About the Journal :
Experimental and Theoretical NANOTECHNOLOGY (ETN) abbreviated as Exp. Theo. NANOTECHNOLOGY is a multidisciplinary peer-reviewed international journal published three issues a year. It includes specialized research papers, short communications, reviews and selected conference papers in special issues on the characterization, synthesis, processing, structure and properties of different principles and applications of NANOTECHNOLOGY; with focus on advantageous achievements and applications for the specialists in engineering, chemistry, physics and materials science.
ETN covers and publishes all aspects of fundamental and applied researches of experimental and theoretical nanoscale technology dealing with materials synthesis, processing, nanofabrication, nanoprobes, spectroscopy, properties, biological systems, nanostructures, nanoelectronics, nano-optics, nano-mechanics, nanodevices, nanobiotechnology, nanomedicine, nanotoxicology within the scope of the journal. ETN aims to acquire the recent and outstanding researches for the benefit of the human being.
Using zinc foils as the only starting material, we synthesized one-dimensional ZnO nanostructures (nanorods, nanoneedles and nanowires) in air by zinc vapor condensation method at 500oC.The morphology, structure and photoluminescence of the synthesized one-dimensional ZnO nanostructures were investigated with scanning electron microscopy, X-ray diffractometry, transmission electron microscopy and spectrophotoscopy. It is found that the size, shape and photo luminescent properties of the one-dimensional ZnO nanostructures depend on the growth time of ZnO in the furnace. Mechanisms on the growth of the nanostructures were discussed, and controllable morphology and photoluminescence of the ZnO nanostructures were achieved by varying the growth time of ZnO in the furnace. It provides a simple, energy-saving and environment benign route to synthesize one dimensional ZnO nanostructures with controllable morphology and emission properties.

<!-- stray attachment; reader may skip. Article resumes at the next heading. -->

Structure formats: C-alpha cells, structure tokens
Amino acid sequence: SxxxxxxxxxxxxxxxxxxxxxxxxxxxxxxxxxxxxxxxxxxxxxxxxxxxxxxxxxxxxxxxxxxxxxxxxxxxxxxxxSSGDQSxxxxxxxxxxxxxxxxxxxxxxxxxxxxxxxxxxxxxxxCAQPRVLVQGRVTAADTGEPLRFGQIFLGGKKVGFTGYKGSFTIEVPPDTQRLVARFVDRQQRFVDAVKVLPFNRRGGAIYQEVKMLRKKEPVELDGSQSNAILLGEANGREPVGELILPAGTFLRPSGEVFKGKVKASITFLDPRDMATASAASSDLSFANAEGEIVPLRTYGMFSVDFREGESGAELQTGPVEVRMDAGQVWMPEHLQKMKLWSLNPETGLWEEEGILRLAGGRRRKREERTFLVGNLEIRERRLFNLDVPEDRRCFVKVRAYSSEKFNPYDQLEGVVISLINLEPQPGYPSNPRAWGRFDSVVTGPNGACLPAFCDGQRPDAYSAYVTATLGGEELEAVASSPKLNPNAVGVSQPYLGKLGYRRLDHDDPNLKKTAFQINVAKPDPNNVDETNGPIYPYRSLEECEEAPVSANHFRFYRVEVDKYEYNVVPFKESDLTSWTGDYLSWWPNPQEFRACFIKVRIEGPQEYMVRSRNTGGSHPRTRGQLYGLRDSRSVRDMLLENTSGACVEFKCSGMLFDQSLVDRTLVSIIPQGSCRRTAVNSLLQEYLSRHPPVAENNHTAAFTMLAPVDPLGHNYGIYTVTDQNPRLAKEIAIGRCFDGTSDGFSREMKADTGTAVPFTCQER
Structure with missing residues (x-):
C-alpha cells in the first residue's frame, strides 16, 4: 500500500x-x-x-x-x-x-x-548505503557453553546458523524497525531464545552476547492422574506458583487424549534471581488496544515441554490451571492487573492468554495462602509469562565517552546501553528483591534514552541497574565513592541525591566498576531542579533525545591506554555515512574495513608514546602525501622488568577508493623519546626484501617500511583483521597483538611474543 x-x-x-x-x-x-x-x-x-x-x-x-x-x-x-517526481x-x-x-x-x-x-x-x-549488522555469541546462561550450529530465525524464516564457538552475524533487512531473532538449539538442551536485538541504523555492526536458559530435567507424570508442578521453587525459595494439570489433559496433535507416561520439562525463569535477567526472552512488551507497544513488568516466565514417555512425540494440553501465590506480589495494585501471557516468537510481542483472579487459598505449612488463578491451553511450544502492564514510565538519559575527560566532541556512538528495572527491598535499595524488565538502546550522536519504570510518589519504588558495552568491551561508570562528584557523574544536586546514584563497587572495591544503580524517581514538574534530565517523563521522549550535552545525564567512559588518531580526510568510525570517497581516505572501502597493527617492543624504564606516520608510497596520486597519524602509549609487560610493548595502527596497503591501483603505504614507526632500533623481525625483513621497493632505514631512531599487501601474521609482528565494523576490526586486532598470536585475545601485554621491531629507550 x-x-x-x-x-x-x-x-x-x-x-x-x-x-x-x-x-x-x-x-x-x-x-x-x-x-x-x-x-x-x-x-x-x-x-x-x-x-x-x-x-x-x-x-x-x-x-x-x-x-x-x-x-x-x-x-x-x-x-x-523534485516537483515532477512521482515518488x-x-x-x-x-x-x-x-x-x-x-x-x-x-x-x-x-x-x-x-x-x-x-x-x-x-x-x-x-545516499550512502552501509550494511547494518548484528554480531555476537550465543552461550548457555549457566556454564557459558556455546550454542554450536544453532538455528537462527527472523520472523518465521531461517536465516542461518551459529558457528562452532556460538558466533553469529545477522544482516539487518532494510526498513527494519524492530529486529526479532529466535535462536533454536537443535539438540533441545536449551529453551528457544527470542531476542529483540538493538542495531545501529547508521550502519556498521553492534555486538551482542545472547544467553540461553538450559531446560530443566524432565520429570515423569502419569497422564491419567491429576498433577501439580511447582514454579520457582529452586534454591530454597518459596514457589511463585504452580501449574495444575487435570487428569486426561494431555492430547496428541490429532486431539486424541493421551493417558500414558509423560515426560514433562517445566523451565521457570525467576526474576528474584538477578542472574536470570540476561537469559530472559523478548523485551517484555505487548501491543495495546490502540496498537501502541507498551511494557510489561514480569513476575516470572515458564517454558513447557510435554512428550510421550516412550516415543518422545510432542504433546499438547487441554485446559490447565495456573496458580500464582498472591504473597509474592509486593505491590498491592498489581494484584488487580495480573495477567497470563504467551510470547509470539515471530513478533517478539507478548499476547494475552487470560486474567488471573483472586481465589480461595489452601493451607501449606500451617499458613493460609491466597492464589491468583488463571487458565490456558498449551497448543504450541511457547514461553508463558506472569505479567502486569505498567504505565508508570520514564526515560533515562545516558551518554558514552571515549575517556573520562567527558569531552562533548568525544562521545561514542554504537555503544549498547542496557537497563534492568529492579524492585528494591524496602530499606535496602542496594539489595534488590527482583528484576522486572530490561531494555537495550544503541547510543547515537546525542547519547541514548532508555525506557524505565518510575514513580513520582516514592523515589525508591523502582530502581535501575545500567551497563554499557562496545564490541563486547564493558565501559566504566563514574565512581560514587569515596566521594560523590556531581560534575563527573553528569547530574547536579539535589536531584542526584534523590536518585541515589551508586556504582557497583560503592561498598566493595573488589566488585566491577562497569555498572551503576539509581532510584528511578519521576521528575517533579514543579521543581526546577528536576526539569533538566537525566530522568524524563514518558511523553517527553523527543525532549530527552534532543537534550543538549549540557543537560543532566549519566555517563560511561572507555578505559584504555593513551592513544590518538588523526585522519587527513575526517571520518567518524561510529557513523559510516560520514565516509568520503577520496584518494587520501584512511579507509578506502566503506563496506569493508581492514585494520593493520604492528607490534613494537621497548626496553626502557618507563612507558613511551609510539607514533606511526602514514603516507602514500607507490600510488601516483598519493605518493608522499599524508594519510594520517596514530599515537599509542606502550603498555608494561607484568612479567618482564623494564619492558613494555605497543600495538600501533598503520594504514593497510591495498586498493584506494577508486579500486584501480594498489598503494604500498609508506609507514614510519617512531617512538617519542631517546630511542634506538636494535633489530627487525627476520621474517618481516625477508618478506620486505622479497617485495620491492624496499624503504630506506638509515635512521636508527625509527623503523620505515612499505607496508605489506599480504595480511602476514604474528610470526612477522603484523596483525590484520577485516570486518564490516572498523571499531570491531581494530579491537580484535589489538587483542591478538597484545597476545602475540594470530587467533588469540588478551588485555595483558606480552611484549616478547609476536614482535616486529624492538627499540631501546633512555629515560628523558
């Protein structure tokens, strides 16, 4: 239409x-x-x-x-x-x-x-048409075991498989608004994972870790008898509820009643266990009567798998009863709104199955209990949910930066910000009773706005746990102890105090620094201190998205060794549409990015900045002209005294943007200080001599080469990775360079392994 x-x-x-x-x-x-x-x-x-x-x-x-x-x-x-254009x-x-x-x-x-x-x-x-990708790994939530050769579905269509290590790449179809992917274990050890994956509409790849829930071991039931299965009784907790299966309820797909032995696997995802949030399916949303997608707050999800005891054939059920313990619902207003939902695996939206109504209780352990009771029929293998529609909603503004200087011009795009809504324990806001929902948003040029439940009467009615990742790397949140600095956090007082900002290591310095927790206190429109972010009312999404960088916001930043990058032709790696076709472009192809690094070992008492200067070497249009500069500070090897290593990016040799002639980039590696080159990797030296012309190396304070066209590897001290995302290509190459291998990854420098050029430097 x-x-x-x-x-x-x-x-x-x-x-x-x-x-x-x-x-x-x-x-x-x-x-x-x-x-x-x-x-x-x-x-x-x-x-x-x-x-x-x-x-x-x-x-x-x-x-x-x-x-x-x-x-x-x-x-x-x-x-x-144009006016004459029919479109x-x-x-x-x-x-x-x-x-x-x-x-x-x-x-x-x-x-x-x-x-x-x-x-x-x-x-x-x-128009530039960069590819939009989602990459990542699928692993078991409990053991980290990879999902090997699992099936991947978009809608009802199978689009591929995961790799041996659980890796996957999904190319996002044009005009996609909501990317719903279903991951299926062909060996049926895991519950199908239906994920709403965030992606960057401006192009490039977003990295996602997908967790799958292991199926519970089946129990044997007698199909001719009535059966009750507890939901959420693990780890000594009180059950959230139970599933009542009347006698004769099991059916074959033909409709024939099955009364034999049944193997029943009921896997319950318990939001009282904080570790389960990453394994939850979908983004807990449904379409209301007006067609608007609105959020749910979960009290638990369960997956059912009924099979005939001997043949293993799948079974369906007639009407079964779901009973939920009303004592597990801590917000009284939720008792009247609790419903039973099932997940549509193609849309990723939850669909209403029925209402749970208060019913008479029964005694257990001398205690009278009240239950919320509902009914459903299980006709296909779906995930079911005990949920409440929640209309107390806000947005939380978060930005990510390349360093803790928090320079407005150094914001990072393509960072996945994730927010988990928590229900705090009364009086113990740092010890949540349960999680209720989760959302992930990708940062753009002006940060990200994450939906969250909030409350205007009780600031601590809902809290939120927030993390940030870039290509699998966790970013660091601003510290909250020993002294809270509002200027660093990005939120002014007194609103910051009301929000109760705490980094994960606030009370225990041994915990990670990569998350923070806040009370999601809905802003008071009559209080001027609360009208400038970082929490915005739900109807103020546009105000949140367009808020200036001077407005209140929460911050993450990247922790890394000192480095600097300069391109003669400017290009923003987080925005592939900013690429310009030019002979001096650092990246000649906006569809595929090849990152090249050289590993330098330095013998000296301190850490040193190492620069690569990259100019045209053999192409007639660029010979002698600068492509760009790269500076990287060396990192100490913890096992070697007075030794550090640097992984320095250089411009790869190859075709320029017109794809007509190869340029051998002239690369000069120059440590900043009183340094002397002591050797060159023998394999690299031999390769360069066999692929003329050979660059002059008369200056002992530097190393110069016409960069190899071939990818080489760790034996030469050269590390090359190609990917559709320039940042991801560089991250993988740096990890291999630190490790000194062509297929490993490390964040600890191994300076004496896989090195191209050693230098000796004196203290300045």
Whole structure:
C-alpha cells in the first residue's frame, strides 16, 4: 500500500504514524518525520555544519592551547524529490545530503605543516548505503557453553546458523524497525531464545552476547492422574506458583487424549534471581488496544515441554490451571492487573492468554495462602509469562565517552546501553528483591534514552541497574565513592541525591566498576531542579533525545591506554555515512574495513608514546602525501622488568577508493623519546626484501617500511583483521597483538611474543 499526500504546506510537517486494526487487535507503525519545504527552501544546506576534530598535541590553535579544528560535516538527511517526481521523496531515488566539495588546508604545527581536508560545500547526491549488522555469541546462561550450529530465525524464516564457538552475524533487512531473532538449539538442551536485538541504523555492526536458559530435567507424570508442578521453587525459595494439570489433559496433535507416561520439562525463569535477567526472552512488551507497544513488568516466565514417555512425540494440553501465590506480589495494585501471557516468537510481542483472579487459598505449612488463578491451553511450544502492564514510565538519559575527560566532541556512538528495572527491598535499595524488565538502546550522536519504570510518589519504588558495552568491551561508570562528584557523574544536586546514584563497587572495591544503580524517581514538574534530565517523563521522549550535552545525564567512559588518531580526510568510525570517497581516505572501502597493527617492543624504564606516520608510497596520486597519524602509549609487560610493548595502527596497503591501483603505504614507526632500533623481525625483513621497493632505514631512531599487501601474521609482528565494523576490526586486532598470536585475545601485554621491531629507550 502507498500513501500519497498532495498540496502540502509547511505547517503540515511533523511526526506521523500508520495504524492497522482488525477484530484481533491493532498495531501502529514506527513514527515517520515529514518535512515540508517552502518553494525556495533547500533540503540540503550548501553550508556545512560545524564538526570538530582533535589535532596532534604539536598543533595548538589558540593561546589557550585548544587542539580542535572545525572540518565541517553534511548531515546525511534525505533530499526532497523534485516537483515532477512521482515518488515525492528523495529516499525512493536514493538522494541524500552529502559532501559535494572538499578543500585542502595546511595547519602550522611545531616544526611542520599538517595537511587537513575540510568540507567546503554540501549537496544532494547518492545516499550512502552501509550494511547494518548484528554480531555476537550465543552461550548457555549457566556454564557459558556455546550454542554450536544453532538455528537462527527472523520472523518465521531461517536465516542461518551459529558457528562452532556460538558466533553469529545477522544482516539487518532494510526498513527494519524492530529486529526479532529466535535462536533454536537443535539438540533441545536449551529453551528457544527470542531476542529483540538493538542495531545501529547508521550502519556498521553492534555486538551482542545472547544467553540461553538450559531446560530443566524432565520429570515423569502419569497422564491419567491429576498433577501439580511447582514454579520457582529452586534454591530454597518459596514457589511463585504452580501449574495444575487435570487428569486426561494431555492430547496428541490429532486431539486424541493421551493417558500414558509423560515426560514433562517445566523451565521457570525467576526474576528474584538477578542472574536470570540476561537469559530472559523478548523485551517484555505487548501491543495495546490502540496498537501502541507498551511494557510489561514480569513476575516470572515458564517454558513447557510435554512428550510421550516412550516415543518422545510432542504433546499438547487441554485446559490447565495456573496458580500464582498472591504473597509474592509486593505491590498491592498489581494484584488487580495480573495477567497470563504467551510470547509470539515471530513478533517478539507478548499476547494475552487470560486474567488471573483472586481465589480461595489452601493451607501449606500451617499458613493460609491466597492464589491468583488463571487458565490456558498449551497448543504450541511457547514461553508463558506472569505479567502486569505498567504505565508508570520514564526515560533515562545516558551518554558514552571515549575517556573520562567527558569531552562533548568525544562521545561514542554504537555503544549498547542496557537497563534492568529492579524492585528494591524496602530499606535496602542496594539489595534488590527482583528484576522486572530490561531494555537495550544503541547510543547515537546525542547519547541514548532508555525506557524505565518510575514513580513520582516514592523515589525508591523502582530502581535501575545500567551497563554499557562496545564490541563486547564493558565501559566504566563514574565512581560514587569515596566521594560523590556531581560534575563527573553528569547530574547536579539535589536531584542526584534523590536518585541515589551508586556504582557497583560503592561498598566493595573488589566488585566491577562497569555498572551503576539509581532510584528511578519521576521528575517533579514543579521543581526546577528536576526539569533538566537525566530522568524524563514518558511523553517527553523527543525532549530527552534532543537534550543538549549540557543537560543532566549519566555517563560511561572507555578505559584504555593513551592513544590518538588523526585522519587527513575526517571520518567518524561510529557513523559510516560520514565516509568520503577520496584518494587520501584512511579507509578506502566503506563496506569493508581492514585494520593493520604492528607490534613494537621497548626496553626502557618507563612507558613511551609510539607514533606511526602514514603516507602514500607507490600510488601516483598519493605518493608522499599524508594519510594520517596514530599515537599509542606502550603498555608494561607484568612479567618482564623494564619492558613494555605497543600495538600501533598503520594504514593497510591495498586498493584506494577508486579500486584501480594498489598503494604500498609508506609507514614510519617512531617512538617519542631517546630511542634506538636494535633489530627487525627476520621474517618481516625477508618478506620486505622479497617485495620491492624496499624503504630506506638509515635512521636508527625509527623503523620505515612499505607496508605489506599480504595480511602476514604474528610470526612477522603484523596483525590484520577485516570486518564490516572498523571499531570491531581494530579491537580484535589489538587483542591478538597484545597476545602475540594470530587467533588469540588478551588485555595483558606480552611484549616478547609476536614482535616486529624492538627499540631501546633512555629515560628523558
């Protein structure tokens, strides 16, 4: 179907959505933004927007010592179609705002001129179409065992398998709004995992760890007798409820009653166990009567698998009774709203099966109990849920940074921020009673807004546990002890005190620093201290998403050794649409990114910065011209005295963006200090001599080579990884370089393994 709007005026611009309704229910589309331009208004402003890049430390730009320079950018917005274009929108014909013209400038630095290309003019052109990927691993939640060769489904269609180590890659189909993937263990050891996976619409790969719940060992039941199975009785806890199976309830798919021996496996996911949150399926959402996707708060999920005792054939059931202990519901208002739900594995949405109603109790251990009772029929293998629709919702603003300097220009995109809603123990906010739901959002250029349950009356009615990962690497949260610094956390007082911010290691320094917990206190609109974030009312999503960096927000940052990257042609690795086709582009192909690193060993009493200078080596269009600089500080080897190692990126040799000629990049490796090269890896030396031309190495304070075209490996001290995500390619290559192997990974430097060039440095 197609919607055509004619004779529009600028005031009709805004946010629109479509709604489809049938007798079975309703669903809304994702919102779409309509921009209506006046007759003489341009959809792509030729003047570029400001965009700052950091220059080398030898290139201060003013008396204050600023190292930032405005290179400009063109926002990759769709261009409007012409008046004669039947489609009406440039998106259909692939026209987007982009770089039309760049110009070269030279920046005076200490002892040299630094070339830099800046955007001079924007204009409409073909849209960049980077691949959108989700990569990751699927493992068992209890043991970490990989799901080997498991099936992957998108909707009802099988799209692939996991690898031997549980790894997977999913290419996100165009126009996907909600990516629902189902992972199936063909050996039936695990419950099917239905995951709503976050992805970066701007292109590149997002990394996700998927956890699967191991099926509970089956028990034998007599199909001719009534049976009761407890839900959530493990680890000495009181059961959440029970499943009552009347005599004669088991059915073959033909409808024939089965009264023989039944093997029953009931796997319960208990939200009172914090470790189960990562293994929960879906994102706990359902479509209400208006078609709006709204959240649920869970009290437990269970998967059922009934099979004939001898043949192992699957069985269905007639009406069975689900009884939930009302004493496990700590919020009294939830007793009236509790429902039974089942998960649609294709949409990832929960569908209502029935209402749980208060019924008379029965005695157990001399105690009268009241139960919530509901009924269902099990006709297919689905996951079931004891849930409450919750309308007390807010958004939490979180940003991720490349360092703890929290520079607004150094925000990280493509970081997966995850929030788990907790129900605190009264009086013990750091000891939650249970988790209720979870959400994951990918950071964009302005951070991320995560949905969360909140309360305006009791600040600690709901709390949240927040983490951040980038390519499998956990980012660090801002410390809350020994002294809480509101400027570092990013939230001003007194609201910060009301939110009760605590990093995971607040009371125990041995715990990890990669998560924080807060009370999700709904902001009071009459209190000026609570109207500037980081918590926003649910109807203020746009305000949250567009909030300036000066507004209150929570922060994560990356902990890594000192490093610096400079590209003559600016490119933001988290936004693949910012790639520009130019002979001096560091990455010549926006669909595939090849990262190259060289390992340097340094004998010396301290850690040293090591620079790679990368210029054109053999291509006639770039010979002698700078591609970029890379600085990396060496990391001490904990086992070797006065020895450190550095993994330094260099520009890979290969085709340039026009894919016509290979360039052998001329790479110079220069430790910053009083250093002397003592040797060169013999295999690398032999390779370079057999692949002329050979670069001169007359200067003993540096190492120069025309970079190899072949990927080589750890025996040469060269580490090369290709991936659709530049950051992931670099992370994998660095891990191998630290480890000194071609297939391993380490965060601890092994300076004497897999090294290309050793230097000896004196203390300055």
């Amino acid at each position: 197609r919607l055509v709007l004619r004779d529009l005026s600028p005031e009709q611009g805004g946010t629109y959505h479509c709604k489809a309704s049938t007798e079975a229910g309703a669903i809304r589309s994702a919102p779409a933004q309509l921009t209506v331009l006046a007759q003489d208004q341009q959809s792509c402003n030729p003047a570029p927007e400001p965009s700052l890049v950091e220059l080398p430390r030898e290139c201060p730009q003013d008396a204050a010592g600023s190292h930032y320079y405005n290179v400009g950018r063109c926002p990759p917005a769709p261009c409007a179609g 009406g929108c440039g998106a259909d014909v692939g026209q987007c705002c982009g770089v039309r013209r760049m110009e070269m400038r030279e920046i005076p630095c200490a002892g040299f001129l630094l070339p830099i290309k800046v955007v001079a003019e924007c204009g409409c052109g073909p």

Keywords: Zinc oxide; Photoluminescence; Nanostructure; Zinc vapor evaporation